The Auditor Strikes Back: Always a Bonus of Contention

calendar iconMay 11, 2020

As we reported in October, the Defense Contract Audit Agency (“DCAA”) Contract Audit Manual (“CAM”) was recently updated. One of the 13 areas of cost updated related to bonus and incentive compensation costs. This topic is covered in Chapter 7 of both the previous version and new version of the CAM.

Bonuses and incentive compensation can mean many things including cash, stock, stock options, stock appreciation rights, phantom stock plans, and/or a combination of the aforementioned forms. Bonus and incentive compensation can also be paid in the short/current term or in the future/long term. These plans can differ greatly between contractors and individual employees based on current position or salary.

In order to determine allowability of bonus and incentive compensation, the auditor needs to first review the plan and obtain a thorough understanding of any unique or unusual terms and conditions of the plan. From there, the auditor can determine the allowability as set forth in Federal Acquisition Regulation (“FAR”) 31.2056.

The definition of these plans and the process of determining allowability remained largely unchanged between the previous version of the CAM and the new version.

The new version of the CAM, however, goes into more depth on each subpart of the FAR and discusses each subpart separately. The new version also quotes the FAR whereas the previous version of the CAM only references the applicable subparts of the FAR leaving the reader to cross walk between the CAM and the FAR on their own.

Both versions explicitly state that bonus and incentive compensation must be adequately supported and must be paid in accordance with the agreement entered into by the contractor and employee prior to any services being rendered:

“FAR 31.205-6(f)(1) Bonuses and Incentive Compensation: Bonuses and incentive compensation are allowable provided the— (i) Awards are paid or accrued under an agreement entered into in good faith between the contractor and the employees before the services are rendered, or pursuant to an established plan or policy followed by the contractor so consistently as to imply, in effect, an agreement to make such a payment; and (ii) Basis for the award is supported.”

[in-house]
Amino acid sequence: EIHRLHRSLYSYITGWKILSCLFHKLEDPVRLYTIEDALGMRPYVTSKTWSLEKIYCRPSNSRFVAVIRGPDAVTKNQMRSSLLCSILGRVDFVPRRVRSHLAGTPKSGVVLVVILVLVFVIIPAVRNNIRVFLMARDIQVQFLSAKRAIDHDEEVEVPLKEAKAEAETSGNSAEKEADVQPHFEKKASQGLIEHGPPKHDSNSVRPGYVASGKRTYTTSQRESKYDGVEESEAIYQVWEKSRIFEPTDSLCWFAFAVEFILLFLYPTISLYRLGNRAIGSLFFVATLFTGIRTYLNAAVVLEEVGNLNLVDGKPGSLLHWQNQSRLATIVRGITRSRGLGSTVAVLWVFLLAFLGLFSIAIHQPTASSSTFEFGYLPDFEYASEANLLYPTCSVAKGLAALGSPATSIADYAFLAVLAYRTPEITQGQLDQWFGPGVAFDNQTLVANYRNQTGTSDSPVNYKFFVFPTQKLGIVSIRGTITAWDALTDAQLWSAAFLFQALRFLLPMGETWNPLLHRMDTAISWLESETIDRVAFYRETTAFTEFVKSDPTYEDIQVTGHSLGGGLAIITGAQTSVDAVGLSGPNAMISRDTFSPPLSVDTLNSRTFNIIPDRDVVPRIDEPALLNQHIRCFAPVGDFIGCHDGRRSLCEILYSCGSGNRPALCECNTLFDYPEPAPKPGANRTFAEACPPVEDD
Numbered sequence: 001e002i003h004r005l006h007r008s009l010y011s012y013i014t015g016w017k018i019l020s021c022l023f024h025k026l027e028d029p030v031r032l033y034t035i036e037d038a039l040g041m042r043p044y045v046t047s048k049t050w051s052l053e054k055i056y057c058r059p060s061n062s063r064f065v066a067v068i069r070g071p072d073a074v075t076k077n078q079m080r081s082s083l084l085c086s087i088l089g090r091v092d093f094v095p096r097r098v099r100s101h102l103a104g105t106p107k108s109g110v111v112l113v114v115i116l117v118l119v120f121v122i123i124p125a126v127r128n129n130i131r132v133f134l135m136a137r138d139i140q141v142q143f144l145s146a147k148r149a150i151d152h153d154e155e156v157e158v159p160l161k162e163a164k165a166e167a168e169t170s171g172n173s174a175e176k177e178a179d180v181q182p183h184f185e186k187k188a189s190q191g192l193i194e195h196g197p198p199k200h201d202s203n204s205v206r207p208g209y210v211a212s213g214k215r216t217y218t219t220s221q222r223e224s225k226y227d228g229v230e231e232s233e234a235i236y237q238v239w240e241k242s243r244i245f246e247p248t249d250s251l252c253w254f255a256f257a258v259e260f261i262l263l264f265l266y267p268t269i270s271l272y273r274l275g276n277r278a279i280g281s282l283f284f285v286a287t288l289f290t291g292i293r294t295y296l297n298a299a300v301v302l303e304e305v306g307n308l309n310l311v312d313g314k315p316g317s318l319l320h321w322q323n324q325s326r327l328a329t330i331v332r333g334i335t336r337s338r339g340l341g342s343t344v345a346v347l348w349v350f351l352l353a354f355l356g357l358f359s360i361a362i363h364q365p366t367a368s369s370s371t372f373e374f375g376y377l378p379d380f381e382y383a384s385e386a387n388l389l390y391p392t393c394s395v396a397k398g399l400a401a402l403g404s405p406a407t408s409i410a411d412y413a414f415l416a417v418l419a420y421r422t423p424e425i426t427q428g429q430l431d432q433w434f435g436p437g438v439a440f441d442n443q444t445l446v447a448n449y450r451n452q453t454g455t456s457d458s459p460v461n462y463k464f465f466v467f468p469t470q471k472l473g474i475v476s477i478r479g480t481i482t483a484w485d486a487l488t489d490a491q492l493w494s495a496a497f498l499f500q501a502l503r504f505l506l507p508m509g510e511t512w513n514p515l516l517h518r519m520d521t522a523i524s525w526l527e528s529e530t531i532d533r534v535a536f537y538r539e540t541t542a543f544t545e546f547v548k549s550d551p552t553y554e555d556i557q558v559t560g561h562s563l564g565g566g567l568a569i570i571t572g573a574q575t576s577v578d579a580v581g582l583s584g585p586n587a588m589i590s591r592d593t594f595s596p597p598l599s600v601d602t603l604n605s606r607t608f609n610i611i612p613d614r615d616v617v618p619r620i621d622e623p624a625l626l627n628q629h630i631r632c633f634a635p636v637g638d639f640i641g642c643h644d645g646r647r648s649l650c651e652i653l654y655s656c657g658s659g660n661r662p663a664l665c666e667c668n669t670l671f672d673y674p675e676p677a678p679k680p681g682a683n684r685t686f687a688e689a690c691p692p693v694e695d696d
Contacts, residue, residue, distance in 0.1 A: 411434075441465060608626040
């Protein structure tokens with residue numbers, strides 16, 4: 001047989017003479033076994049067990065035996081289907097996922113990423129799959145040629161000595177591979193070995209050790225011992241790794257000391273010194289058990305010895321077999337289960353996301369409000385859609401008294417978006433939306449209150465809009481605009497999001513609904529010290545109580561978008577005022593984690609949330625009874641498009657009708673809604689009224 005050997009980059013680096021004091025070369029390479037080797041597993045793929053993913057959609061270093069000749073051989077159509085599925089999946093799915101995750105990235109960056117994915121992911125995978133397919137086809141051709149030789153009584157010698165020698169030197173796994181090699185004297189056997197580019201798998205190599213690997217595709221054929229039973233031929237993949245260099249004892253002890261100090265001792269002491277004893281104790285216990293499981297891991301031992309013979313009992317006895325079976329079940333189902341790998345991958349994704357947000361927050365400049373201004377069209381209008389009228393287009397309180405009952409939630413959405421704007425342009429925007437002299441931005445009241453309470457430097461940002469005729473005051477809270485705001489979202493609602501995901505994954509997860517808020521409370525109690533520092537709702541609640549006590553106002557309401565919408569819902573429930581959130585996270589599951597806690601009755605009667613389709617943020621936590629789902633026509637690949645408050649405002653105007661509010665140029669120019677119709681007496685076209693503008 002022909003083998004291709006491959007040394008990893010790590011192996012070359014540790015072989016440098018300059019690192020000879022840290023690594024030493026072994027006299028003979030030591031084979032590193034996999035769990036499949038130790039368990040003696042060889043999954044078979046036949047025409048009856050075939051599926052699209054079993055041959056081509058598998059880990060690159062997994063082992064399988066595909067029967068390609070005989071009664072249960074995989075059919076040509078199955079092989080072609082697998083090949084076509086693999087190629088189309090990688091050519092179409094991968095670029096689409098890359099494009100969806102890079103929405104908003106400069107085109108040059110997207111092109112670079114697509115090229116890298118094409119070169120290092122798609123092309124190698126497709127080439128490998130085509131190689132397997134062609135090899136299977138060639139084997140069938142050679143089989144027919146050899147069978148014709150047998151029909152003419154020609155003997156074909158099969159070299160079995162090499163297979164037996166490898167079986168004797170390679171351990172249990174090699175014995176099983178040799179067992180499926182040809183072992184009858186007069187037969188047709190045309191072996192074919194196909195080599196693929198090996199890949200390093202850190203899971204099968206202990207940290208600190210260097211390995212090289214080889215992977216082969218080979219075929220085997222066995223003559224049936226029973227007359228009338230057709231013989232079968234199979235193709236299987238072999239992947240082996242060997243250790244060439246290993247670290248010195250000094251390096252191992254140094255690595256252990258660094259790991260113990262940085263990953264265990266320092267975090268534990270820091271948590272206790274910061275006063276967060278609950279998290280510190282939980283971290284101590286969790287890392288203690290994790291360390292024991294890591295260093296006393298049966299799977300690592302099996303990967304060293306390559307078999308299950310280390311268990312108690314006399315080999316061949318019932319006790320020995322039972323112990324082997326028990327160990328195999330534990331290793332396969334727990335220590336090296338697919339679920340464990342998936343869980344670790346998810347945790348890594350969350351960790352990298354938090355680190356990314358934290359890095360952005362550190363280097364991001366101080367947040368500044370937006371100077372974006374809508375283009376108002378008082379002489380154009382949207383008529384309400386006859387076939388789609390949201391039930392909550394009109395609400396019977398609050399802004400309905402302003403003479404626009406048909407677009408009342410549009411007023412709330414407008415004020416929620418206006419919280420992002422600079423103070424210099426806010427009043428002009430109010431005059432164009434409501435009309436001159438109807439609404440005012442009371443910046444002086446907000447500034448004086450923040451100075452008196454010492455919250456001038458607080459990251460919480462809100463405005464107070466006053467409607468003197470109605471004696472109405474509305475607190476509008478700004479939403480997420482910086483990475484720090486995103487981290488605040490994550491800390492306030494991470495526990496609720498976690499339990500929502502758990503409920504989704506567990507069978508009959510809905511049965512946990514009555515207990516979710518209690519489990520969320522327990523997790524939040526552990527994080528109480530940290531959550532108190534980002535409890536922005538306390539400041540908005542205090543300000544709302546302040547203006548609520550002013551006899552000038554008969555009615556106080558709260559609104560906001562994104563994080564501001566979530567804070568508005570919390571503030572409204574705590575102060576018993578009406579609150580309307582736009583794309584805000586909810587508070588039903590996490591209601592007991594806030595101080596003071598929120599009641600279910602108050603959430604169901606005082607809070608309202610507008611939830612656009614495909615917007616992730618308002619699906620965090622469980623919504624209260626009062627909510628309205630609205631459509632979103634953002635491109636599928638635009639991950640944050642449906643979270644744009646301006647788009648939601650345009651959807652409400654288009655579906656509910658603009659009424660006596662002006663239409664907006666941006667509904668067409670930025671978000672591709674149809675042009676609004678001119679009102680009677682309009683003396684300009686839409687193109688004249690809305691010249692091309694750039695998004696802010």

The previous version states that compensation based on changes in the prices of corporate securities or corporate security ownership are expressly unallowable. In the new version, such payments are only unallowable in certain circumstances:

“FAR 31.205-6(i) Compensation Based on Changes in the Prices of Corporate Securities or Corporate Security Ownership: Compensation based on changes in the prices of corporate securities or corporate security ownership, such as stock options, stock appreciation rights, phantom stock plans, and junior stock conversions. (1) Any compensation which is calculated, or valued, based on changes in the price of corporate securities is unallowable. (2) Any compensation represented by dividend payments or which is calculated based on dividend payments is unallowable. (3) If a contractor pays an employee in lieu of the employee receiving or exercising a right, option, or benefit which would have been unallowable under this paragraph (i), such payments are also unallowable.”

In the previous version of the CAM, Deferred Compensation Other than Pensions is not specifically discussed in this section of the chapter (7-72123). In the new version, limitations of allowability are outlined:

“FAR 31.205-6(k) Deferred Compensation Other than Pensions: The costs of deferred compensation awards are allowable subject to the following limitations: (1) The costs shall be measured, assigned and allocated in accordance with 48 CFR 9904.415, Accounting for the Cost of Deferred Compensation. (2) The costs of deferred compensation awards are unallowable if the awards are made in periods subsequent to the period when the work being remunerated was performed.”

These three subsections are the only ones specially addressed on the previous version of the CAM. The new version also discusses the allowability and limitations of following:

  • FAR 31.205-6(d)(2) Compensation Paid with Securities
  • FAR 31.205-6(a)(6)(iii) Owners of Closely Held Companies
  • DFARS 231.205-6(f)(1) Part of Restructuring Costs Associated with a Business Combination

Over the next few months, Cherry Bekaert’s Government Contractor Services Group will continue to provide information regarding the other updated areas of cost within the CAM. If you have any questions, please do not hesitate to contact one of our experienced GovCon professionals for assistance.